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Aviation Ban Lifted; Egypt Foils Attack on Israel

Palestinian death count reaches 746 as IDF operation enters 17th day

Ben Hartman
July 24, 2014
Israeli soldiers prepare their Tanks in a deployment area on July 24, 2014 on Israel's border with the Gaza Strip. (Lior Mizrahi/Getty Images)
Israeli soldiers prepare their Tanks in a deployment area on July 24, 2014 on Israel's border with the Gaza Strip. (Lior Mizrahi/Getty Images)

As Operation Protective Edge entered its 17th day, a short-lived aviation ban on Israel put in place on Tuesday night by the Federal Aviation Authority was lifted on Thursday, and European providers are expected to follow suit.

With tens of thousands missing work for reserve duty and the economy taking a hit across the country, Prime Minister Benyamin Netanyahu said Thursday afternoon that he would convene the cabinet to vote on financial assistance for civilians adversely affected by the operation. The proposal would help employers and reserve soldiers compensate for their missed work days and would help local authorities construct bomb shelters and boost tourism and social services, particularly in the south.

Valerie Amos, the U.N. humanitarian chief told BBC Radio on Thursday that she was deeply concerned about the dangers facing Palestinians in Gaza, saying its “almost impossible” for them to find shelter from Israeli airstrikes and “it doesn’t matter how hard Israel tries to minimize harm, this is an extremely overcrowded stretch of land.”

A day earlier the U.N. launched an international inquiry into alleged human rights violations and war crimes committed by Israeli forces during the operation in Gaza. In a statement, the U.N. Human Rights Council expressed their condemnation of the Israeli offensive, saying it included “disproportionate and indiscriminate attacks”.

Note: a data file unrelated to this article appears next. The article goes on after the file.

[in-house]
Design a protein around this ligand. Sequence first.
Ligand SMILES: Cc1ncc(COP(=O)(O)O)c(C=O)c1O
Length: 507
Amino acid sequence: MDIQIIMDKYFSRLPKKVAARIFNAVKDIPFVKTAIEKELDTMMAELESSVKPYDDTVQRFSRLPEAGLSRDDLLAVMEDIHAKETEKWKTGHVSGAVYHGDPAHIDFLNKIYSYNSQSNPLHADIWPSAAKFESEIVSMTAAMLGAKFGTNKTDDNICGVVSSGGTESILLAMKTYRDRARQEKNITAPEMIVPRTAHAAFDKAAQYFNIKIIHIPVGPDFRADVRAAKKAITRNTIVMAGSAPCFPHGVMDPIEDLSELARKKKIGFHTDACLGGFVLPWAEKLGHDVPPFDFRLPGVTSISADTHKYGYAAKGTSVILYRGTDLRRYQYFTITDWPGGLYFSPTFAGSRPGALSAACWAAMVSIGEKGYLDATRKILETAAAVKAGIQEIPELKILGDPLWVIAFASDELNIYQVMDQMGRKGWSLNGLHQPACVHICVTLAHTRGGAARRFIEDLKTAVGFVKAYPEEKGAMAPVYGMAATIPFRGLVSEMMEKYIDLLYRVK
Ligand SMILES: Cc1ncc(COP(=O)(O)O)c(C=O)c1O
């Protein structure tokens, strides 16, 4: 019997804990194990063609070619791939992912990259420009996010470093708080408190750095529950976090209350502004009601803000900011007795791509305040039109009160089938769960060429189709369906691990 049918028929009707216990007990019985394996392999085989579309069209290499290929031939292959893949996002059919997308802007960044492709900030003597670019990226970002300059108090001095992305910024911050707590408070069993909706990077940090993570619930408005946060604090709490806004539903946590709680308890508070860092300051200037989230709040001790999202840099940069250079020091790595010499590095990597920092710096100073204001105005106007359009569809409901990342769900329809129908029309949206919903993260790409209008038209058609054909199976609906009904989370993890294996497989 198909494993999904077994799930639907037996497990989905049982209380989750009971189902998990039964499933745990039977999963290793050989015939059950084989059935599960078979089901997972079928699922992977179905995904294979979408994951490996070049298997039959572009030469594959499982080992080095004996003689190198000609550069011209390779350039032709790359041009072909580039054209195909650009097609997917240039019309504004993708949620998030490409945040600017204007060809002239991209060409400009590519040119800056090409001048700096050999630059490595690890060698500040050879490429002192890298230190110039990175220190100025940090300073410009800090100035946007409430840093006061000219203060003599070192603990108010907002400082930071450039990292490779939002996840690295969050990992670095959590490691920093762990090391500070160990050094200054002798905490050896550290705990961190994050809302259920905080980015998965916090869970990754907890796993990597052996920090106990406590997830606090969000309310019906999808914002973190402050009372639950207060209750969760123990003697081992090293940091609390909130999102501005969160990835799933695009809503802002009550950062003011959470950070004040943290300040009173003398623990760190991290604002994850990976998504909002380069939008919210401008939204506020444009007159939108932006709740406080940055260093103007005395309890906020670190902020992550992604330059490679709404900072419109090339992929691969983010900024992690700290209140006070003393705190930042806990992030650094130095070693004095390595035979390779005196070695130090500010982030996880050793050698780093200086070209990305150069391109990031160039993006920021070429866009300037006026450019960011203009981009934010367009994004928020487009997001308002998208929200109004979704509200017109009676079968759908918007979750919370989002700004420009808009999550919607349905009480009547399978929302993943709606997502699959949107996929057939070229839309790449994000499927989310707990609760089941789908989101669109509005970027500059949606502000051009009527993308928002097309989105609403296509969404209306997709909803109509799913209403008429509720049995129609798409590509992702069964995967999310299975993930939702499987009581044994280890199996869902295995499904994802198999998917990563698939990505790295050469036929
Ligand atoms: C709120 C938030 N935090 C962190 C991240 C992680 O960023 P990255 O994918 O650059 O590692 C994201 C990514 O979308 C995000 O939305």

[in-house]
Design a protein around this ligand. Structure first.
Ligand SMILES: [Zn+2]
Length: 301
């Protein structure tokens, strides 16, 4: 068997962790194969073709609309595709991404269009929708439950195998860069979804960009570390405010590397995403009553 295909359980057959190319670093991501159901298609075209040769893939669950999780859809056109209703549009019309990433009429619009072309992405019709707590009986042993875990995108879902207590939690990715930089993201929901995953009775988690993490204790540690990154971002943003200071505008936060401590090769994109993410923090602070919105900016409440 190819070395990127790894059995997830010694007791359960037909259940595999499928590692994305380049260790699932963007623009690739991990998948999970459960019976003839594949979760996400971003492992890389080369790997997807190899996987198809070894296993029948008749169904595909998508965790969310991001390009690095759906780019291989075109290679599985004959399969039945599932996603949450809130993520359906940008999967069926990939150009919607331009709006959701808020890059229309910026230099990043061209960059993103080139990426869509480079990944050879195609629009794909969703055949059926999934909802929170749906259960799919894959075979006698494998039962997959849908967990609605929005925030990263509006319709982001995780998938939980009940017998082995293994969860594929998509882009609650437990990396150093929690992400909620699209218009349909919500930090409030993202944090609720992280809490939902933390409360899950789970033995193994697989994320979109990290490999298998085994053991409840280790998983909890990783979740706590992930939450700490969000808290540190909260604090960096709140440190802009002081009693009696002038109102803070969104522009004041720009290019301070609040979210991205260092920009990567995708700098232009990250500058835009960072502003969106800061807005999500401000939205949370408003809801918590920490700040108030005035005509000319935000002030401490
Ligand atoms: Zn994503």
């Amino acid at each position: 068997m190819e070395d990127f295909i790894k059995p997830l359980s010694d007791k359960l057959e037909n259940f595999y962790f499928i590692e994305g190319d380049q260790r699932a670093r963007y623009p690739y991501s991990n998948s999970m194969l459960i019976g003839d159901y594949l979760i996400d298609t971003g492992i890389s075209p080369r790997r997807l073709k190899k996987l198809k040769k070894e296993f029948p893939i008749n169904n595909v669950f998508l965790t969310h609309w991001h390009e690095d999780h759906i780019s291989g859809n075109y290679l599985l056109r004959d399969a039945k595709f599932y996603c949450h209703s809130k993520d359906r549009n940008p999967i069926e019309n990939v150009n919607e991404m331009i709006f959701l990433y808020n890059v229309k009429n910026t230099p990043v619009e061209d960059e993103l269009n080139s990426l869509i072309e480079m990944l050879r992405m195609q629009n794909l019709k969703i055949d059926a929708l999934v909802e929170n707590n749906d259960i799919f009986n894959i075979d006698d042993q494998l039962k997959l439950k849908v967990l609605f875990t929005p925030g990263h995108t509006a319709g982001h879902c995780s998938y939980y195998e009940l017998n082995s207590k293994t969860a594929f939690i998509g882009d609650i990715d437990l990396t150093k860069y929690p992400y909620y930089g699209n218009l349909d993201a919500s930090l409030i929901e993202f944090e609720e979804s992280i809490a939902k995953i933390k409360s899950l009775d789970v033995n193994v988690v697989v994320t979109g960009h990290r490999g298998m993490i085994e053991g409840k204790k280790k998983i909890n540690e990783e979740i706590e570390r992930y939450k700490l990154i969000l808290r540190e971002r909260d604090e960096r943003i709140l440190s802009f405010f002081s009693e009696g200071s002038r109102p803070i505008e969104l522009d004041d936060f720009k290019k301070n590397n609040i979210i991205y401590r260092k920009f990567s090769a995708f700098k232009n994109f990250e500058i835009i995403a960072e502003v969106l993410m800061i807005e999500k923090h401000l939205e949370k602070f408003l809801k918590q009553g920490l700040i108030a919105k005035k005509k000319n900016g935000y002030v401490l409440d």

By Thursday the Palestinian death toll stood at 746 according to Gaza health officials, including 50 Palestinians killed over the past 24 hours.

It’s unclear if that death toll includes nine alleged “collaborators with Israel” that Army Radio reported were executed in the Gaza Strip, according to an Army Radio report.

The Israeli death toll remained at 32 soldiers and three civilians as of Thursday afternoon, and though there was only a single rocket fired at Israel overnight, in the late morning a heavy rocket salvo targeted cities across city Israel. No injuries were injured.

The Egyptian military foiled an attack by gunmen against Israel overnight Wednesday, killing a suicide bomber who ran towards the Israeli border near the Kerem Shalom crossing, according to the Palestinian Ma’an News Agency.

The article also quoted Egyptian sources as saying they found and destroyed a vehicle carrying Grad rockets intended to be fired into Israel.

In a meeting with British Foreign Secretary Philip Hammond on Thursday, Prime Minister Benjamin Netanyahu compared the situation in Israel to the U.K. during the blitz in World War II. He vowed that Israel would continue doing what it must to provide security for its citizens and to demolish the rocket and tunnel infrastructure in the Gaza Strip.

Late Wednesday evening, the IDF put out figures saying that so far they have hit 3,335 targets in the Gaza Strip, including 2,133 since the ground operation started last Thursday night. Since the operation began there have been 2,250 rockets fired into Israel including 740 since the beginning of the ground operation, and that of these rockets, 1,760 have hit Israeli territory, including 570 the past week. The Iron Dome anti-missile system has shot down 440 rockets en route to populated areas since the beginning of the operation the IDF stated, including 144 in the past week.

Ben Hartman is the crime and national security reporter for the Jerusalem Post. He also hosts Reasonable Doubt, a crime show on TLV1 radio station in Tel Aviv. His Twitter feed is @Benhartman.